Apr 07, 2011 — 5 comments
Reading books, attending workshops, and browsing the Internet are all good things that can help you take better photos. The following tips will improve the way you create amazing photos and how you see photography.
The thing that you need to keep in mind is that you’ll need some experience in astrophotography before you tackle a timelapse. Finding your way around in pitch darkness isn’t that easy, nor is manually setting your focus and all the accompanying issues that come with night sky photography.
We all know that certain photography techniques die out when better and newer technology replaces them. That’s what’s going on with the film at the moment. There are fewer and fewer manufacturers producing film, and even fewer shops developing it.
If you just got your first DSLR or if you’ve had one for awhile and want to get serious about taking better pictures, the advice in this article is for you.
Most photographers learn visually. Hacking Photography was designed with that in mind. The eBook is meant to be a 10 step crash course that has a big impact on your photos in a small amount of time. The guide aims to provide a launch pad for mastering DSLR photography without any confusing jargon.
Split toning is a technique that was originally developed back in the film days. It involves applying a color tint to the highlights and shadows of a photograph. Lightroom users are probably already aware of the Split Toning tool – today we’ll look at achieving similar results using Adobe Photoshop.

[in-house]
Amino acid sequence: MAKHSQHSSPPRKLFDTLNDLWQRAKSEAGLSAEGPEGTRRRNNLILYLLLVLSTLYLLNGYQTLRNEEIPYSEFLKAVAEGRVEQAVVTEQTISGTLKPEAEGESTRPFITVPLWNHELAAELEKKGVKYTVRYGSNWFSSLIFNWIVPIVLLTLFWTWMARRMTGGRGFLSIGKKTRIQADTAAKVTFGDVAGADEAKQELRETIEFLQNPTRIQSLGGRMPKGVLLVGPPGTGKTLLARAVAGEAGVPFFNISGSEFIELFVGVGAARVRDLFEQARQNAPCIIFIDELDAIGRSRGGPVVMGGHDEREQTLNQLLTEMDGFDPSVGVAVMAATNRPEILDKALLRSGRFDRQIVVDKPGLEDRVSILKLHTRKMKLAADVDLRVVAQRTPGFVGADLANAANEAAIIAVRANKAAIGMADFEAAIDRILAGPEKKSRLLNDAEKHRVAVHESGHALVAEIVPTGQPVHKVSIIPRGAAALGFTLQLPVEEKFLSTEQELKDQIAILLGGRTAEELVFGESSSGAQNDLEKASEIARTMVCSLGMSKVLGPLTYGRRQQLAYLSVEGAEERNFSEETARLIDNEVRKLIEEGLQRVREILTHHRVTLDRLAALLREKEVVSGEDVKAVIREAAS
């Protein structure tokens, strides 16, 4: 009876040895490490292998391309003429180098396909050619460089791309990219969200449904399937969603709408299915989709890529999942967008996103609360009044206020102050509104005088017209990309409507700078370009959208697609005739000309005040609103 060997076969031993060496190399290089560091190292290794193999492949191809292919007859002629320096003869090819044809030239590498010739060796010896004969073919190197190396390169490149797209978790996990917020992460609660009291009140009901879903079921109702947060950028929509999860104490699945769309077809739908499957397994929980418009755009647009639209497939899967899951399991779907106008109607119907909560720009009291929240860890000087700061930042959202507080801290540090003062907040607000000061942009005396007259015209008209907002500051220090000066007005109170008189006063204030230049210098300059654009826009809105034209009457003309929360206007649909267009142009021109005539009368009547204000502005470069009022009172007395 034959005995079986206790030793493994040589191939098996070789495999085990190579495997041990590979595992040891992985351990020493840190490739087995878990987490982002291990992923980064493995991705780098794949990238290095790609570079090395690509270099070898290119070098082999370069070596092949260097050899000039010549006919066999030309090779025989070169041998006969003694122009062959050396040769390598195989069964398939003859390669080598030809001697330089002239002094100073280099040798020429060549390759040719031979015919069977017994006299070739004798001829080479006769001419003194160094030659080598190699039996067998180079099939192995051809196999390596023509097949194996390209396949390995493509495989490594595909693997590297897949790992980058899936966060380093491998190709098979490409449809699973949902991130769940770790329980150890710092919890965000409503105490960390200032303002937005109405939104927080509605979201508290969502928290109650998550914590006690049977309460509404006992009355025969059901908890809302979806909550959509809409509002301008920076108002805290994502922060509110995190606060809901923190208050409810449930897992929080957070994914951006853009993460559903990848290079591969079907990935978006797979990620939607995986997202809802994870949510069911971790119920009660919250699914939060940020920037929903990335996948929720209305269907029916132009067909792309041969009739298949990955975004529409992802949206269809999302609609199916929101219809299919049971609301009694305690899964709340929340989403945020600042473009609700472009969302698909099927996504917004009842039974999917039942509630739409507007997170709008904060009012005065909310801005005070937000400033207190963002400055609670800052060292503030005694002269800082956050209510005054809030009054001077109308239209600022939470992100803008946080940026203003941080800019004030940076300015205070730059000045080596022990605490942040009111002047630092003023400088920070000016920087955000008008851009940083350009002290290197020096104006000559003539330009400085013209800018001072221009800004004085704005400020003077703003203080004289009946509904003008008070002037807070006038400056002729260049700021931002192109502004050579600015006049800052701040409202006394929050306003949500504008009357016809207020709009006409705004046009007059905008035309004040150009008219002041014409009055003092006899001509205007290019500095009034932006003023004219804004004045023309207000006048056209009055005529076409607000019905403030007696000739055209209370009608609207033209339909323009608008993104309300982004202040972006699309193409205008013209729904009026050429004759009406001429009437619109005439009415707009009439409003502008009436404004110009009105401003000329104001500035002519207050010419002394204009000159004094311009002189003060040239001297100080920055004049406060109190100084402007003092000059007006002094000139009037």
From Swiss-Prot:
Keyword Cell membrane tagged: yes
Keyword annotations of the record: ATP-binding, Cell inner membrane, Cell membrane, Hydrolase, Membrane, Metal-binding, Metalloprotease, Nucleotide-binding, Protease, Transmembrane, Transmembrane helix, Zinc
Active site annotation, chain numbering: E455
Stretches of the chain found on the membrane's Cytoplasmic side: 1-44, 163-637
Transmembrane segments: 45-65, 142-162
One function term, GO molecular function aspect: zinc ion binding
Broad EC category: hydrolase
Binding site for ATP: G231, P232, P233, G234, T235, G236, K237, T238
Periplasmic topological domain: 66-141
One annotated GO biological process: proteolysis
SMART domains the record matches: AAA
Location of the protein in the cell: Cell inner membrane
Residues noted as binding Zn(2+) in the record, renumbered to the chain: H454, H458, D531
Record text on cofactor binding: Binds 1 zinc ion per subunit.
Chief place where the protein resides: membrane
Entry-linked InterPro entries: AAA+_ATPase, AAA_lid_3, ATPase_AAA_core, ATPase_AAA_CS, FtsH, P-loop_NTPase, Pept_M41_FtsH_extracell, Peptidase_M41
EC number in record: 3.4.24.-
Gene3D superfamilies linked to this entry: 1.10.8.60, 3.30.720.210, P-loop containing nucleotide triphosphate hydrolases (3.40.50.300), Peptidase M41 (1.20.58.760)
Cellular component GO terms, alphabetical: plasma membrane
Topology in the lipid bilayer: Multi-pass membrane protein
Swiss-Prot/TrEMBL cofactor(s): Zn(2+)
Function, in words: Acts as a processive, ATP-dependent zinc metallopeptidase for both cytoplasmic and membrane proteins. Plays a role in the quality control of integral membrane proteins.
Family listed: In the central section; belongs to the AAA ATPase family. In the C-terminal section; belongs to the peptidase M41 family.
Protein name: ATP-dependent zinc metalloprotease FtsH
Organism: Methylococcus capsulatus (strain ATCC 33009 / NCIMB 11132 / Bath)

Every landscape photographer has played the waiting game—when you forget about all personal comforts and safety in an attempt to capture the perfect photo with the perfect light. As you go out shooting more often and learn from your mistakes, certain necessities will become apparent, but they can be forgotten or overlooked in the beginning.
In order to get the most out of this compositional tool, it’s important to know where to place them, and how to use them effectively. Let’s explore the three main purposes of leading lines in a photograph, and see how lines can help to add depth, draw attention, and change the overall mood of a photo.
It may be an icy wonderland outside, but that shouldn’t stop you from venturing out with your camera to capture your very own wintertime masterpieces.
For those of us dreaming of becoming full-time travel photographers, Elias Locardi’s story is perhaps one of the most practical and inspirational out there. His photography is fast becoming famous the world over, and his iconic style and love for teaching have made him one of the most followed social media photographers to date.
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